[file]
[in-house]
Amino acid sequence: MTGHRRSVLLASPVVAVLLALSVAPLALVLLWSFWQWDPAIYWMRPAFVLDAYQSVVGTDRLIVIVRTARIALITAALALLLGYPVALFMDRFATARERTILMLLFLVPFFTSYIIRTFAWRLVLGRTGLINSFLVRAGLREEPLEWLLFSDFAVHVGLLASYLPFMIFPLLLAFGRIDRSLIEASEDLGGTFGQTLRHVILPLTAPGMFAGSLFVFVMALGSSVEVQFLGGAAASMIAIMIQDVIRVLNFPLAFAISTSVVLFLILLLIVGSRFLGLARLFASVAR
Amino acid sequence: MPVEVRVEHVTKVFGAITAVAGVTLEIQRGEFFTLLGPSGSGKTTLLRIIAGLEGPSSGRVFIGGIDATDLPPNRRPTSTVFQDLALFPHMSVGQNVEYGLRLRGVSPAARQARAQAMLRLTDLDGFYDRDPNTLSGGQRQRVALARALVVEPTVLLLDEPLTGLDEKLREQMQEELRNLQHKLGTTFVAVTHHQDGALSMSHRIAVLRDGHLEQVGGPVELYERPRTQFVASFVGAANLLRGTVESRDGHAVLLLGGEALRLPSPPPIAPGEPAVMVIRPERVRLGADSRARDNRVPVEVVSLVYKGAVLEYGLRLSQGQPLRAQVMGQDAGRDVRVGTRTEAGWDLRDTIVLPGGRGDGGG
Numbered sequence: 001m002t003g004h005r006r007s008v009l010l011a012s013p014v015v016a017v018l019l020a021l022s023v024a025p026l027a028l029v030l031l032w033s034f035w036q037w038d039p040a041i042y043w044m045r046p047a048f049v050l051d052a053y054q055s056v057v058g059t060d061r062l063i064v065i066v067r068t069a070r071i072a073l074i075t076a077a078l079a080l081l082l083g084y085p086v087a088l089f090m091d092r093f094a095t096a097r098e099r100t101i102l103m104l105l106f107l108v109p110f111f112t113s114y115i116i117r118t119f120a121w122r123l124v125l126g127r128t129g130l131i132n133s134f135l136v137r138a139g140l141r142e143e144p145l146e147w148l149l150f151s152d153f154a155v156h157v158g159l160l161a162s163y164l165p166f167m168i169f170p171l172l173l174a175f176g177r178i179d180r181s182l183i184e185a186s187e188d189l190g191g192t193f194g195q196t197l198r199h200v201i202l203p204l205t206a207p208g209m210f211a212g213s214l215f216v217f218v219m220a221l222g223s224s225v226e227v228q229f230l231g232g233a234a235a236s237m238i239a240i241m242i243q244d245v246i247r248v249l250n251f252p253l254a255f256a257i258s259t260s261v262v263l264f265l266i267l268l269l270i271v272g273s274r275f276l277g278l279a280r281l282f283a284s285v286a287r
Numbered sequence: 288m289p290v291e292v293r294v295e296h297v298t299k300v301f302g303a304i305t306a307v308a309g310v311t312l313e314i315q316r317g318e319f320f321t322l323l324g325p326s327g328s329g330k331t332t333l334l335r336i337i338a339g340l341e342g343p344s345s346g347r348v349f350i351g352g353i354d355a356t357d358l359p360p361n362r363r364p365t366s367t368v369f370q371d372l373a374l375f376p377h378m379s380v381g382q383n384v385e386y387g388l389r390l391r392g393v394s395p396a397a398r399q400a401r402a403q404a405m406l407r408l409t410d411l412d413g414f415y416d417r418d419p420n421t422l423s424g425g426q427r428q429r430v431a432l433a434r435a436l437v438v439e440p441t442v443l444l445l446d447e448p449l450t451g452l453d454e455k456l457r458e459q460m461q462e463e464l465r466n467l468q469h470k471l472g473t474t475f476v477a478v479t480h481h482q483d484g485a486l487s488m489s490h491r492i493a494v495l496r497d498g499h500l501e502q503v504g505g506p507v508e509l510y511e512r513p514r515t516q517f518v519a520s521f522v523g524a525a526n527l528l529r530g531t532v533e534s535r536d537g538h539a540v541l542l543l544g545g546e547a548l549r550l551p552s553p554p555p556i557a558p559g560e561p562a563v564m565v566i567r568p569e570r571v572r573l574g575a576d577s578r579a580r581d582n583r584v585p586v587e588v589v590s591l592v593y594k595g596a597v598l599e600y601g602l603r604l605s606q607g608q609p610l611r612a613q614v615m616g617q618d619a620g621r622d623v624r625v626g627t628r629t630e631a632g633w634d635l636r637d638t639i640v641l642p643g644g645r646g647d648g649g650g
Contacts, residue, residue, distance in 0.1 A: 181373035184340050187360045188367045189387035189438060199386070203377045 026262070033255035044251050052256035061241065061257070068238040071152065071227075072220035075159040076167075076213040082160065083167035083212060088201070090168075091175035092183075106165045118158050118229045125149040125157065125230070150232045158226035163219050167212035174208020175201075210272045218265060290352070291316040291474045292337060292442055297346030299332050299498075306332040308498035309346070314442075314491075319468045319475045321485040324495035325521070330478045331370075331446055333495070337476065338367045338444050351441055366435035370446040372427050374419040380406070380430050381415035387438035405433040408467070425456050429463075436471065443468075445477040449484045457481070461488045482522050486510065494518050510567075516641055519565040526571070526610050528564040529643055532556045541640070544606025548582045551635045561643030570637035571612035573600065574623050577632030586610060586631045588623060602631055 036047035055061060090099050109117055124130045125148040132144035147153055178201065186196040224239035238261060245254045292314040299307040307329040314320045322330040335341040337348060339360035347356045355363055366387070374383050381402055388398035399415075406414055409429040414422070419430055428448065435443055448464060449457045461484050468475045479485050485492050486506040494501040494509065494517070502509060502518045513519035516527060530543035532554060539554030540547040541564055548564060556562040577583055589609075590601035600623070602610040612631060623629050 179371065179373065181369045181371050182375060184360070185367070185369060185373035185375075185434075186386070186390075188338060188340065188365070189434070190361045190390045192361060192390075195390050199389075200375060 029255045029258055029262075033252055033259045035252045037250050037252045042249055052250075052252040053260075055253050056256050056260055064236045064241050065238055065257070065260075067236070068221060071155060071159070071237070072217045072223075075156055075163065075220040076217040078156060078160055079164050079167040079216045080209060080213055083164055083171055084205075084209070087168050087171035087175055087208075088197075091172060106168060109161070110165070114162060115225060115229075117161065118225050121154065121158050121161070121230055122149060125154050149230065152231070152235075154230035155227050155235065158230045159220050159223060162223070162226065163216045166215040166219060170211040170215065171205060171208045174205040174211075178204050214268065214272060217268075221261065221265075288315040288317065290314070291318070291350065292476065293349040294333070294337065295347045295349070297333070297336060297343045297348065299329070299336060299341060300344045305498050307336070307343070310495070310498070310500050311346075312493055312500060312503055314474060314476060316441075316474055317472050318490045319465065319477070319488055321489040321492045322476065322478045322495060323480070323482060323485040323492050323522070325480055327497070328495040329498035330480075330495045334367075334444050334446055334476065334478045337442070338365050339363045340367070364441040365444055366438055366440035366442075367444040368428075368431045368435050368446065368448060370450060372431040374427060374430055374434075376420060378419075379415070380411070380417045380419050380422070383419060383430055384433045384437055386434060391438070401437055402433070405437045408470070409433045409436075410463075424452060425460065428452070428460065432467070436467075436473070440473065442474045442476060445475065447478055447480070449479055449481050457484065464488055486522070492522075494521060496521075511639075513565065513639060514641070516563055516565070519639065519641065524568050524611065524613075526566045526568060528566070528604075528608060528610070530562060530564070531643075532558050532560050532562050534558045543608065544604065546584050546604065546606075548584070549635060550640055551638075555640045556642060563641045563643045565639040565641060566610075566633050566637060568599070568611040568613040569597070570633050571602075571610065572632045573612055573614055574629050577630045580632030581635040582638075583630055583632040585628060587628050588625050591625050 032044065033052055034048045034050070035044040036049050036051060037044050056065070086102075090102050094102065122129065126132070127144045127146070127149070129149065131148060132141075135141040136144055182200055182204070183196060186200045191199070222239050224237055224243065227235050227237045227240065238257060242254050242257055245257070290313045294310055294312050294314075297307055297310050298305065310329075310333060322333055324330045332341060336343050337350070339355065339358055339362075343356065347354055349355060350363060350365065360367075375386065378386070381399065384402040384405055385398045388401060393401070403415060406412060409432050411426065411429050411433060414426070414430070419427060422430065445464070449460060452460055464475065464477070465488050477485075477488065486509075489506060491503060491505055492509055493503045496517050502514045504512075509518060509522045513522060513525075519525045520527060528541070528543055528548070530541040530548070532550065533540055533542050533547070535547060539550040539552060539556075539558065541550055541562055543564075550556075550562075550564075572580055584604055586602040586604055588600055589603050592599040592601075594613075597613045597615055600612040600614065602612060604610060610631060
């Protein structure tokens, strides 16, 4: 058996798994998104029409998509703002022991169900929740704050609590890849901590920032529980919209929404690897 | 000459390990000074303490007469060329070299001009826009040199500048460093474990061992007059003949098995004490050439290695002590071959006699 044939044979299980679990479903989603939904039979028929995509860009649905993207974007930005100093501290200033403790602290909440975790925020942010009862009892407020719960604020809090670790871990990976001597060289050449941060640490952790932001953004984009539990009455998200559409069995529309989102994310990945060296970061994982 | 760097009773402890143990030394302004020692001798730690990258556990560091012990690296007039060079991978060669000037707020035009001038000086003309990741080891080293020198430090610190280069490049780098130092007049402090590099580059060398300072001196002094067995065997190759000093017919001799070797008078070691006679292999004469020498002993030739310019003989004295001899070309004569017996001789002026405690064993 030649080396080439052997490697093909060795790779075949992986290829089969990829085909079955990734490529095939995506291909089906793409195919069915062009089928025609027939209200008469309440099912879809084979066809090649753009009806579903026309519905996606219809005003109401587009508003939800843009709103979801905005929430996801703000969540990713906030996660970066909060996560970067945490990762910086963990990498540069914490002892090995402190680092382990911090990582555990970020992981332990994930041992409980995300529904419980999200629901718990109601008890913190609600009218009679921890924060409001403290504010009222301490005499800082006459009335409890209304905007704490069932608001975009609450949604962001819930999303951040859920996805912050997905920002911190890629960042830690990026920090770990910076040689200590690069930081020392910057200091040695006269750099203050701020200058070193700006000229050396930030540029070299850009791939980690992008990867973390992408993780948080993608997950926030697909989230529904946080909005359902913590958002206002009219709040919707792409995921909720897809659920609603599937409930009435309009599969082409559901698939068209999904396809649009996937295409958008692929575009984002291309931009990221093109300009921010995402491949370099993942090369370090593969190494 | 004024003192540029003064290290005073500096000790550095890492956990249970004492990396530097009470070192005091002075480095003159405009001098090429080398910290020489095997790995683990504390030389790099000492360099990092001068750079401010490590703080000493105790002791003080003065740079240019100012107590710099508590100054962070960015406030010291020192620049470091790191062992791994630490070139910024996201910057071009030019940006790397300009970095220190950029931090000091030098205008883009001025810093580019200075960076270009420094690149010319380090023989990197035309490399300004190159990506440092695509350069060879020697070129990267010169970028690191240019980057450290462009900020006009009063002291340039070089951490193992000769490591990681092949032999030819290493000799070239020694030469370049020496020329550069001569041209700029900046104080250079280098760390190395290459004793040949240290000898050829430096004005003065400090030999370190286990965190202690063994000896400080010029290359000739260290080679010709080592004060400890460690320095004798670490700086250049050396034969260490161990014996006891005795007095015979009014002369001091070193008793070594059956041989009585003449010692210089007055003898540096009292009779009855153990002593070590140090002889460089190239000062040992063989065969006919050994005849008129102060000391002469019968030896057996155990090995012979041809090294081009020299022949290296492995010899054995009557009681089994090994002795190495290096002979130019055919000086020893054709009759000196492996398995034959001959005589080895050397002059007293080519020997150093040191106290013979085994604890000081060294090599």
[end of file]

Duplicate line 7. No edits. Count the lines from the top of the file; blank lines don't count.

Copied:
């Protein structure tokens, strides 16, 4: 058996798994998104029409998509703002022991169900929740704050609590890849901590920032529980919209929404690897 | 000459390990000074303490007469060329070299001009826009040199500048460093474990061992007059003949098995004490050439290695002590071959006699 044939044979299980679990479903989603939904039979028929995509860009649905993207974007930005100093501290200033403790602290909440975790925020942010009862009892407020719960604020809090670790871990990976001597060289050449941060640490952790932001953004984009539990009455998200559409069995529309989102994310990945060296970061994982 | 760097009773402890143990030394302004020692001798730690990258556990560091012990690296007039060079991978060669000037707020035009001038000086003309990741080891080293020198430090610190280069490049780098130092007049402090590099580059060398300072001196002094067995065997190759000093017919001799070797008078070691006679292999004469020498002993030739310019003989004295001899070309004569017996001789002026405690064993 030649080396080439052997490697093909060795790779075949992986290829089969990829085909079955990734490529095939995506291909089906793409195919069915062009089928025609027939209200008469309440099912879809084979066809090649753009009806579903026309519905996606219809005003109401587009508003939800843009709103979801905005929430996801703000969540990713906030996660970066909060996560970067945490990762910086963990990498540069914490002892090995402190680092382990911090990582555990970020992981332990994930041992409980995300529904419980999200629901718990109601008890913190609600009218009679921890924060409001403290504010009222301490005499800082006459009335409890209304905007704490069932608001975009609450949604962001819930999303951040859920996805912050997905920002911190890629960042830690990026920090770990910076040689200590690069930081020392910057200091040695006269750099203050701020200058070193700006000229050396930030540029070299850009791939980690992008990867973390992408993780948080993608997950926030697909989230529904946080909005359902913590958002206002009219709040919707792409995921909720897809659920609603599937409930009435309009599969082409559901698939068209999904396809649009996937295409958008692929575009984002291309931009990221093109300009921010995402491949370099993942090369370090593969190494 | 004024003192540029003064290290005073500096000790550095890492956990249970004492990396530097009470070192005091002075480095003159405009001098090429080398910290020489095997790995683990504390030389790099000492360099990092001068750079401010490590703080000493105790002791003080003065740079240019100012107590710099508590100054962070960015406030010291020192620049470091790191062992791994630490070139910024996201910057071009030019940006790397300009970095220190950029931090000091030098205008883009001025810093580019200075960076270009420094690149010319380090023989990197035309490399300004190159990506440092695509350069060879020697070129990267010169970028690191240019980057450290462009900020006009009063002291340039070089951490193992000769490591990681092949032999030819290493000799070239020694030469370049020496020329550069001569041209700029900046104080250079280098760390190395290459004793040949240290000898050829430096004005003065400090030999370190286990965190202690063994000896400080010029290359000739260290080679010709080592004060400890460690320095004798670490700086250049050396034969260490161990014996006891005795007095015979009014002369001091070193008793070594059956041989009585003449010692210089007055003898540096009292009779009855153990002593070590140090002889460089190239000062040992063989065969006919050994005849008129102060000391002469019968030896057996155990090995012979041809090294081009020299022949290296492995010899054995009557009681089994090994002795190495290096002979130019055919000086020893054709009759000196492996398995034959001959005589080895050397002059007293080519020997150093040191106290013979085994604890000081060294090599």